“John taking the kids for their swimming lesson?” I inquired cheerfully, “I saw the car leaving as I pulled up.”
“Yes, Yes, they’ll be gone for a couple of hours.”
I noticed her hand shook as she poured the tea.
“It’s great to see the weather improving at last, any plans for holidays yet?”
“Holidays! the way John is working himself at the moment I’m lucky to see him for an hour at the end of the day!”
This bitterness, this isn’t Ann I thought?
I looked directly at her then, sitting across from me at the table and realised she was angry- controlled, but definitely angry. I began to feel edgy.
“Look Ann is there something up? Have I done something. Is it because I haven’t called for a while- tell me.”
“No, no it’s not that- it’s nothing like that!”
She stood up from the table and began to pace around the room like a spring uncoiling.
“Ann tell me, you have me worried- please tell me!”
“Is it one of the kids? Is it you – God you’re not sick or anything?”
She stood still for a second her back to me and when she turned round she looked like a child, an agitated frightened child. I’d never seen her like that before.
“Oh Jean I think I’m going mad I can’t bear it anymore!” The words were a strangled sob!
“I think John is having an affair!”
Whatever I’d expected her to say it certainly wasn’t this! My mouth felt dry and I just stared back at her stunned. For a moment neither of us spoke. I was still trying to digest what she said, what the implications were, when she added. “The stupid thing is I have no proof- no way of knowing really- ironical isn’t it? They say the wife is always the last to know but maybe not the last to suspect! Because that’s all it is Jean a suspicion.”
“God Ann, John of all people? No! I can’t believe ……Look you’re upset you can’t be thinking straight!
“Of course I’m not thinking straight ! Do you think I don’t know that! You’re my friend. I don’t need you to patronise- what I do need is for you to listen to me and tell me I’m not going insane.
“Ann look you’re the sanest person I know, a rock compared to me- we both know that?” I knew I should put my arms around her, reassure her, tell her that whatever her suspicions were she had to be mistaken. Instead I blurted “You surely don’t suspect someone do you?”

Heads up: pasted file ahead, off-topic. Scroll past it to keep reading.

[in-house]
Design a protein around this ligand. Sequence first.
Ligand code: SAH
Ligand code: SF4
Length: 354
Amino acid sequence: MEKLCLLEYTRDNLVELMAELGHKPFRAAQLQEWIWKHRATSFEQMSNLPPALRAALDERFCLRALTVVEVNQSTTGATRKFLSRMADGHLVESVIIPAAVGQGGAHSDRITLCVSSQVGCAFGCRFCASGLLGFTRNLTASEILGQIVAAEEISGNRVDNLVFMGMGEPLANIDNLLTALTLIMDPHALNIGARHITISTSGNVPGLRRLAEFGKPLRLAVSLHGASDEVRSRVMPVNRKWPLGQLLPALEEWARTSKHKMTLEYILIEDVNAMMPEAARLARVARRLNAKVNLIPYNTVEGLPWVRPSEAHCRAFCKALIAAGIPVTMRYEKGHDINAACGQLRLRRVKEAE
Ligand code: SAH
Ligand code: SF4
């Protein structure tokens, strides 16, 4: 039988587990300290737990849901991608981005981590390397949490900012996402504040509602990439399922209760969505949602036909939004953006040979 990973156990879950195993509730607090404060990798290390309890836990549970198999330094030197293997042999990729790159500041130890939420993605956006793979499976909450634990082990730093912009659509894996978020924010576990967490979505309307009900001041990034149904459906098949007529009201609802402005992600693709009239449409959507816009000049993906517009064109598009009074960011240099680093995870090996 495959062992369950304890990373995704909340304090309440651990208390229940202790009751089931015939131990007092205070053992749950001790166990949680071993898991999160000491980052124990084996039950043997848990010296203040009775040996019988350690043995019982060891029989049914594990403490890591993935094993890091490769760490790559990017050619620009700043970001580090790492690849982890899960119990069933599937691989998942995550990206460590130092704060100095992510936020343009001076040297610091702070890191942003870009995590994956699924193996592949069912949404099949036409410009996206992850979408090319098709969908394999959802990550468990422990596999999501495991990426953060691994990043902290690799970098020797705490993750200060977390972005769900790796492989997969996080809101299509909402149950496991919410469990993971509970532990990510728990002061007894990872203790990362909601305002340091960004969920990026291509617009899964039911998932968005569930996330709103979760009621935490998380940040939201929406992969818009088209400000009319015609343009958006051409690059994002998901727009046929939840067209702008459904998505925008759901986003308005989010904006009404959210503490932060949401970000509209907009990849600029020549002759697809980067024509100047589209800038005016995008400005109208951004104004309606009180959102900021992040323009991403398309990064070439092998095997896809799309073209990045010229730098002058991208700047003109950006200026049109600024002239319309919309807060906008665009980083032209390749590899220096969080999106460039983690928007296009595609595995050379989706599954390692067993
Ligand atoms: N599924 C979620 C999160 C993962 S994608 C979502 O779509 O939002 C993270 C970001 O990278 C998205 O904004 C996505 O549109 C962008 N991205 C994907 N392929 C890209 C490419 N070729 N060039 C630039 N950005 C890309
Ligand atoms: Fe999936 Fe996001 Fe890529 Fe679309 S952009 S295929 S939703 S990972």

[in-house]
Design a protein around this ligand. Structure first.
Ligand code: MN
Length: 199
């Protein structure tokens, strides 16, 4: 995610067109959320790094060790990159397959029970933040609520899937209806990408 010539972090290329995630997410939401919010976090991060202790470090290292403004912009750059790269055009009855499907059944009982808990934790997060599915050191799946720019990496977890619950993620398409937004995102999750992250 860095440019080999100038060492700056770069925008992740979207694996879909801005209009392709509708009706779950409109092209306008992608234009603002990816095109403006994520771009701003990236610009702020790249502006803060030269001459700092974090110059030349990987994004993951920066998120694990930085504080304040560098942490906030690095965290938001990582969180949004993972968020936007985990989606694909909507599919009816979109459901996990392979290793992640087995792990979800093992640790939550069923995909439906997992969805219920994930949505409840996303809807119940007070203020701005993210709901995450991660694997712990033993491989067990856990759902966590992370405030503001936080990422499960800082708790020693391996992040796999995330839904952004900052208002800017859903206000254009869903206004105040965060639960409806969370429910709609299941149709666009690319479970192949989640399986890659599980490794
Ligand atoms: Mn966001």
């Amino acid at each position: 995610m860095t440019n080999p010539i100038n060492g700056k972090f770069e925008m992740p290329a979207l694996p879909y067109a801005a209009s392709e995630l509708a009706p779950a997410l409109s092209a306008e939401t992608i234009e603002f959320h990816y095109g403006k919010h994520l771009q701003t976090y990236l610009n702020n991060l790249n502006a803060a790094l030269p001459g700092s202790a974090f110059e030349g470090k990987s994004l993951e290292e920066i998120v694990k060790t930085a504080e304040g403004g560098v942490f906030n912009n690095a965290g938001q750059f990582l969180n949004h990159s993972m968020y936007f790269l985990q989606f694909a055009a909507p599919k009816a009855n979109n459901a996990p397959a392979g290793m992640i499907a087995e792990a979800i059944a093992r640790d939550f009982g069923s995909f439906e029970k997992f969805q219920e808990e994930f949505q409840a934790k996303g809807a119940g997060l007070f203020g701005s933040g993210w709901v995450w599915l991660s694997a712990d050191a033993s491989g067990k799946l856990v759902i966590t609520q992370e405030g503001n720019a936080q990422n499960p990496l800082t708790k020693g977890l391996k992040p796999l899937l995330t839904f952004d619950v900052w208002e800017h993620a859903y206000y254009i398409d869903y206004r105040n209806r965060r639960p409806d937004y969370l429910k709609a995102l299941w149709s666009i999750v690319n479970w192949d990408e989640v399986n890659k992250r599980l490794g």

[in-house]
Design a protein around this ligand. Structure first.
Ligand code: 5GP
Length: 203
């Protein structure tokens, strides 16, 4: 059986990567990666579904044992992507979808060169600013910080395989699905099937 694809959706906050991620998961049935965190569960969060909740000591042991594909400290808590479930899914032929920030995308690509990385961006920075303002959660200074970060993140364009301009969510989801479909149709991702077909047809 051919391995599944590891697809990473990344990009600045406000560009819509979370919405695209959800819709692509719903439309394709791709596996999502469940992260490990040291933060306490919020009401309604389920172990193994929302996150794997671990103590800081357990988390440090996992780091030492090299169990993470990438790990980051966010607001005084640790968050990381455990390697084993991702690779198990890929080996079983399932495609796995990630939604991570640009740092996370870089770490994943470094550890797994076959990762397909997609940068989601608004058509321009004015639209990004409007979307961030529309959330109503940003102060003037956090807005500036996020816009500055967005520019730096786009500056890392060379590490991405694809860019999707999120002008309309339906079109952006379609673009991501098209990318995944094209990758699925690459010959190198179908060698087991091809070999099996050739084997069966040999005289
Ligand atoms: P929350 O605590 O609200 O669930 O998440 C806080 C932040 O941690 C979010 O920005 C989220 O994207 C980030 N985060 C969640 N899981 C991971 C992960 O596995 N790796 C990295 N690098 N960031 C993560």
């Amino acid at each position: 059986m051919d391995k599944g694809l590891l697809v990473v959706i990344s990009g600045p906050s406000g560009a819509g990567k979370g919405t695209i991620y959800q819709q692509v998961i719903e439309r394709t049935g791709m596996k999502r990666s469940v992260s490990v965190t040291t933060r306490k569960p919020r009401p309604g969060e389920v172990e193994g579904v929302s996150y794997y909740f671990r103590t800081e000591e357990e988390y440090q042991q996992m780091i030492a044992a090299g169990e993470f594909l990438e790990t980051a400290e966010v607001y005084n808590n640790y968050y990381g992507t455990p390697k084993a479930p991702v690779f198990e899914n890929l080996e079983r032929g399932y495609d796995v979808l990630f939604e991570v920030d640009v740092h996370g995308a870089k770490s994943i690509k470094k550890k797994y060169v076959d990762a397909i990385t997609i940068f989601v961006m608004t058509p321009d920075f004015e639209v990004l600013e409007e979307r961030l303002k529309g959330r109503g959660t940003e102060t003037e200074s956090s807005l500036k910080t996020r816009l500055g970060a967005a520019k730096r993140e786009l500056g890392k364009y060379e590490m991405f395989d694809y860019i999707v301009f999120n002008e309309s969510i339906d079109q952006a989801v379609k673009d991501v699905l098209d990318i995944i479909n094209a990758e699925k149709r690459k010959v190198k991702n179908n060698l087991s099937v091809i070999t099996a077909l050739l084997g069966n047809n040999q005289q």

“Why have you got someone in mind?” she retorted quickly. The remark took me by surprise! Was she trying to sound me out? Did she think I knew something?
“No! Of course I haven’t. Look will you just sit down and tell me about it while we still have time before John and the kids come home. I glanced at the kitchen clock. “We have at least an hour”
She sat down then her hands bunched into tight fists which she clenched and unclenched until she finally said. It’s Margaret, I think! You know Margaret Kelly, his marketing manager!
“You mean Margaret Kelly the woman whose husband died sometime last year?” But she’s -she’s much….
Older! Yes I know
And why in God’s name do you think it’s her ?
“Jean look things have been pretty bad with the business for quite some time now. John has been under so much stress since the recession having to put in longer hours, having to bring in more orders. I’ve been helping him with the books myself as well as the house and the kids. It’s pretty exhausting for both of us I can tell you. Most nights I just come home and leave him battling on. Eventually before you’re aware things begin to suffer”